The Fourth Man

These 15 tracks were originally released as two limited run CD pressings between 1994 and 1996, totaling about 1500 copies. The songs were a consolidation of cassettes put out independently between 1992 and 1994. The majority of tracks were initially recorded as demos to be “shopped” to record labels, the intention being that someone would see the nascent talent in the murk and start throwing money at us so we could buy better equipment, get studio access, quit our day jobs, and develop tragic drug habits. Major label interest never really developed, so we just started putting/handing them out ourselves.

Eventually we got the interest of Factoria Records, a very new and very independent label, run by Andrew Amy. Through Andrew, we started getting wider exposure, live shows, and eventually pressed the CD, which at the time seemed like a big deal.

Once the CD came out, internal conflict and other issues flared up, resulting in a very slow and possibly regrettable collapse of the project.

The first time I heard the master pressing of the CD in the summer of 1994, it was with a combined sense of accomplishment and disappointment. Besides some glaring oversights in the mastering process (the 3 tracks from the “Sick” EP were noticeably quieter than the rest of the album – something I chose to correct this time around), our jump from analog cassette to a digital medium seemed simultaneously belated and premature. Many of these songs had been recorded two years previously, and some were finished years before that, so in that particular case the CD was a long time in coming. On the other hand, it had been put out too soon in my opinion, since it had been my intention to eventually have the opportunity to record and mix them in a real studio before having them “released”.

I'd always felt like the CD should have come with a disclaimer, a series of excuses, or some sort of apology for its’ shortcomings. So here it is, 20 years later, as I blink back tears of shame and say... sorry.

T4M 1994 - CD Front Cover Front Cover T4M 1994 - CD Tray Card Back Cover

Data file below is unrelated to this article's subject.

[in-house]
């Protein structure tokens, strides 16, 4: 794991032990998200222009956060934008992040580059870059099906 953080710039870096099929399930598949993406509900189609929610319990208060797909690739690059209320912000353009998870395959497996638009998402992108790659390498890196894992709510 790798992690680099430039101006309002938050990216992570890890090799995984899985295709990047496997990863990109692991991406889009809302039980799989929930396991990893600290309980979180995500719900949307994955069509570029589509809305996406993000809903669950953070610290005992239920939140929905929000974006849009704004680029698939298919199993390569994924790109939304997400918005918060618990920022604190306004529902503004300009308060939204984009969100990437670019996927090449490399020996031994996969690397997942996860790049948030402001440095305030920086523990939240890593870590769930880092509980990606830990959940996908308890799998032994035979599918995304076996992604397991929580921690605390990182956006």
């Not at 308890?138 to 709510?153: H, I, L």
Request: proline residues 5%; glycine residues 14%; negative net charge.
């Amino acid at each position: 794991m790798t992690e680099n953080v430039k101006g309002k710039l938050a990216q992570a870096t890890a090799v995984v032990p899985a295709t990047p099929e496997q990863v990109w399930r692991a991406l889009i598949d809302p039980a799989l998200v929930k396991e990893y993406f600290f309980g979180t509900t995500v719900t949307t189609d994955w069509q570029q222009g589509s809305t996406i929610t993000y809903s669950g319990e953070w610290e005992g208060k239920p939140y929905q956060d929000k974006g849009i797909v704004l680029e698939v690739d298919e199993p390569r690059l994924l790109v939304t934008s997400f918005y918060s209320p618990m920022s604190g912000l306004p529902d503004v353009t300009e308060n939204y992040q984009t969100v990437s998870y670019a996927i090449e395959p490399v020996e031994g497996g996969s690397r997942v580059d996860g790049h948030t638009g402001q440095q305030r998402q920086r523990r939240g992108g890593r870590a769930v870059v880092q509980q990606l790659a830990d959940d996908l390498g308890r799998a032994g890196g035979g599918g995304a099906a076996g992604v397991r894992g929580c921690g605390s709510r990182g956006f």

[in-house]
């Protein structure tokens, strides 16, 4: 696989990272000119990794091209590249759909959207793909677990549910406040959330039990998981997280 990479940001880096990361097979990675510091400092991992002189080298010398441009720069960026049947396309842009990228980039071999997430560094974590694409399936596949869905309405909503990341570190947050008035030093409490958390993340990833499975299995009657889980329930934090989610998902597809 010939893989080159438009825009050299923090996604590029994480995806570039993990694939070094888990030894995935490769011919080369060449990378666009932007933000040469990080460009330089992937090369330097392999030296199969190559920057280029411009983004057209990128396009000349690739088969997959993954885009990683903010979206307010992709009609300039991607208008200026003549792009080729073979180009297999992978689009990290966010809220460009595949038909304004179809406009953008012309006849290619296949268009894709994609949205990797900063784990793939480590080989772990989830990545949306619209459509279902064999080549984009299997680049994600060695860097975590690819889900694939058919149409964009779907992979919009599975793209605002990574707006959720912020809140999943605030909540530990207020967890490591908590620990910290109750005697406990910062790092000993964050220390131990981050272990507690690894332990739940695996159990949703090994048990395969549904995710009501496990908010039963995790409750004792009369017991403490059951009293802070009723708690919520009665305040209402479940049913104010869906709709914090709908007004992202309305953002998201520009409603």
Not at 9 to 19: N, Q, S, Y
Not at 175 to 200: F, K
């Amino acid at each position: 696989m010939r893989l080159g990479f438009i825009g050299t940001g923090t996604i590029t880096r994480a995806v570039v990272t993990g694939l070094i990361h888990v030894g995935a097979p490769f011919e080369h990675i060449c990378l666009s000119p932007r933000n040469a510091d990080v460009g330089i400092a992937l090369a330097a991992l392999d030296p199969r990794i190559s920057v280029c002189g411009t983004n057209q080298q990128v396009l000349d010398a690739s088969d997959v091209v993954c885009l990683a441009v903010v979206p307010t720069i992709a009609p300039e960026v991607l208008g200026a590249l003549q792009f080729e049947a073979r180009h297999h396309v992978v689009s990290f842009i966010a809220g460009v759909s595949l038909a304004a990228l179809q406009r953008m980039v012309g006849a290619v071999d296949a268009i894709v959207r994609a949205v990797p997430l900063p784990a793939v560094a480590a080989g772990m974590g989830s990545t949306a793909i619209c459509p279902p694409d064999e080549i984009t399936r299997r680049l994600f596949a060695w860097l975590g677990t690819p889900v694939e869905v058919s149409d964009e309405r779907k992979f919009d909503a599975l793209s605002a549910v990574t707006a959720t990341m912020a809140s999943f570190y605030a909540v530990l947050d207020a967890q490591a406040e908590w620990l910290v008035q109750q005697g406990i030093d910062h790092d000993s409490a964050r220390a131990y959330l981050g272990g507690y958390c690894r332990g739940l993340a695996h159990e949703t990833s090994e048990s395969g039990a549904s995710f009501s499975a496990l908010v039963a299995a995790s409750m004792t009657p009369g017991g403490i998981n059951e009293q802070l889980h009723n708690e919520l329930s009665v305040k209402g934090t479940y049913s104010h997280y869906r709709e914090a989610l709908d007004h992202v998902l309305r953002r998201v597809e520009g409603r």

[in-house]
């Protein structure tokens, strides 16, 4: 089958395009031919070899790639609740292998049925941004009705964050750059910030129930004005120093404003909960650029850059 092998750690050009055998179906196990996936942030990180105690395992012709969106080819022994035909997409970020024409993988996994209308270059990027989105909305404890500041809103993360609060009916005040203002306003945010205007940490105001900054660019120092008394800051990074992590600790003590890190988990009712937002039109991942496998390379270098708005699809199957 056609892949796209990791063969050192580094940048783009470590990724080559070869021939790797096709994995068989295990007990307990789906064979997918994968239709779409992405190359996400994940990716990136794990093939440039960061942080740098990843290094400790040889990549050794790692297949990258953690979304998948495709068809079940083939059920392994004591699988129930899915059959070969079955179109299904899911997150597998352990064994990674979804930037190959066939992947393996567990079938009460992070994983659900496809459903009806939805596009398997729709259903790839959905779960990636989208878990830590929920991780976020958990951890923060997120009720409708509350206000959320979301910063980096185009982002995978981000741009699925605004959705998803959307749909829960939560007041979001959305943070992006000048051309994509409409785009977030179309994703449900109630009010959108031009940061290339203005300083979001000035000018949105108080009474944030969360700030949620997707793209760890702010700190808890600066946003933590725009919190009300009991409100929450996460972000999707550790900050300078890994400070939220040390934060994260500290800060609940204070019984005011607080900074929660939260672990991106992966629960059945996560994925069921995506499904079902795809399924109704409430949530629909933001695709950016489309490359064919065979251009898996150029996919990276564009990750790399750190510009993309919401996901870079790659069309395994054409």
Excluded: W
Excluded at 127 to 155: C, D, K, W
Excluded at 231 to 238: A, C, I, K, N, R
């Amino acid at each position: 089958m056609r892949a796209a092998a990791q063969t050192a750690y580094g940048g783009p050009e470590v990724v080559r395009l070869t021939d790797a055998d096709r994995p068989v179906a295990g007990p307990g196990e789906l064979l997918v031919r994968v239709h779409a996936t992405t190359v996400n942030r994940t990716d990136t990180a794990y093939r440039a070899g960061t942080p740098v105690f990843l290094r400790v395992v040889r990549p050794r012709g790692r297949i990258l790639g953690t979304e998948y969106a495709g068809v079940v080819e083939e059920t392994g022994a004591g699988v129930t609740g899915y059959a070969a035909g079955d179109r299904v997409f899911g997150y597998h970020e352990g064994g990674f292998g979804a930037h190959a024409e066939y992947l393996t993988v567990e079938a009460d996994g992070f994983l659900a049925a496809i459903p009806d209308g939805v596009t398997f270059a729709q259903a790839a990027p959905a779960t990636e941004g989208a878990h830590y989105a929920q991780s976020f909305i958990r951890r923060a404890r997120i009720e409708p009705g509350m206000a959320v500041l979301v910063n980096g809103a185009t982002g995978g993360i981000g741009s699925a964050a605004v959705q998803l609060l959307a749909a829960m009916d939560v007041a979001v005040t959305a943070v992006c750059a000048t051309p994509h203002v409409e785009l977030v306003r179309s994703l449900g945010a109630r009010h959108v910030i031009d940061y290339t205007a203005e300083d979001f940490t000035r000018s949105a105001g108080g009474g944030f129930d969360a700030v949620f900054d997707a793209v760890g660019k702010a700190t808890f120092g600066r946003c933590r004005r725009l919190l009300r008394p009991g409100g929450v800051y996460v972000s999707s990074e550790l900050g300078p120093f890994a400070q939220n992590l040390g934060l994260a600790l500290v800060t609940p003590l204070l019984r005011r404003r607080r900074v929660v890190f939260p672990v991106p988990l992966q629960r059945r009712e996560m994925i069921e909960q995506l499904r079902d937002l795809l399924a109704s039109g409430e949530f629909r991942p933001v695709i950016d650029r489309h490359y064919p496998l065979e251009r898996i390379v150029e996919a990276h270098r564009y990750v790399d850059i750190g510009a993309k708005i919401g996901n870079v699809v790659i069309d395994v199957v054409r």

In our defense, we lacked a proper understanding in the art of getting a good mix. Also, the mixing channels on the four track cassette units we worked with were poorly suited for what we were doing. One consistent issue we came up against during the process of recording and mixing the songs was a bottleneck in terms of our ability to properly separate the various instruments on to individual tracks and “mix” them in the traditional sense. Multiple instruments came straight out of the stereo outputs of the samplers and synths onto the tape, with very little control of the EQ, effects processing, and stereo placement. Having that additional control would have helped in dealing with some of the sonic issues that ended up on the CD. We never did make it into a studio with more than 4 tracks, a larger mixing board, or with any sort of recording budget. We literally recorded in basements, bedrooms, and a walk-in closet. Oddly enough, after hearing these versions so many times, I’ve gotten used to the low fi sound of them – sort of.

It was pretty stunning that, after the CD came out, we started seeing positive reviews in ‘zines and started doing interviews for something that was essentially a demo. Granted, there were some criticisms - observations made that some of the tracks sounded like they’d been recorded in a basement. We really should have had an advisory sticker on the front warning people of precisely that.

Label interest and further releases might have developed on an alternate timeline, but within 6 months of putting the CD out, issues that had been bubbling under between Gabriel and myself continued to ramp up. I started working with Numb at this point, and that became more of a priority. T4M continued to do periodic live shows, as well as nearly an album’s worth of new material, which never saw the light of day. By about 1998, Gabriel and I had completely lost touch with each other, and after 6 years of doing cranky and morose electronic music, I was pretty burnt out on the diminishing returns, so I put T4M up on blocks in the front yard, so to speak.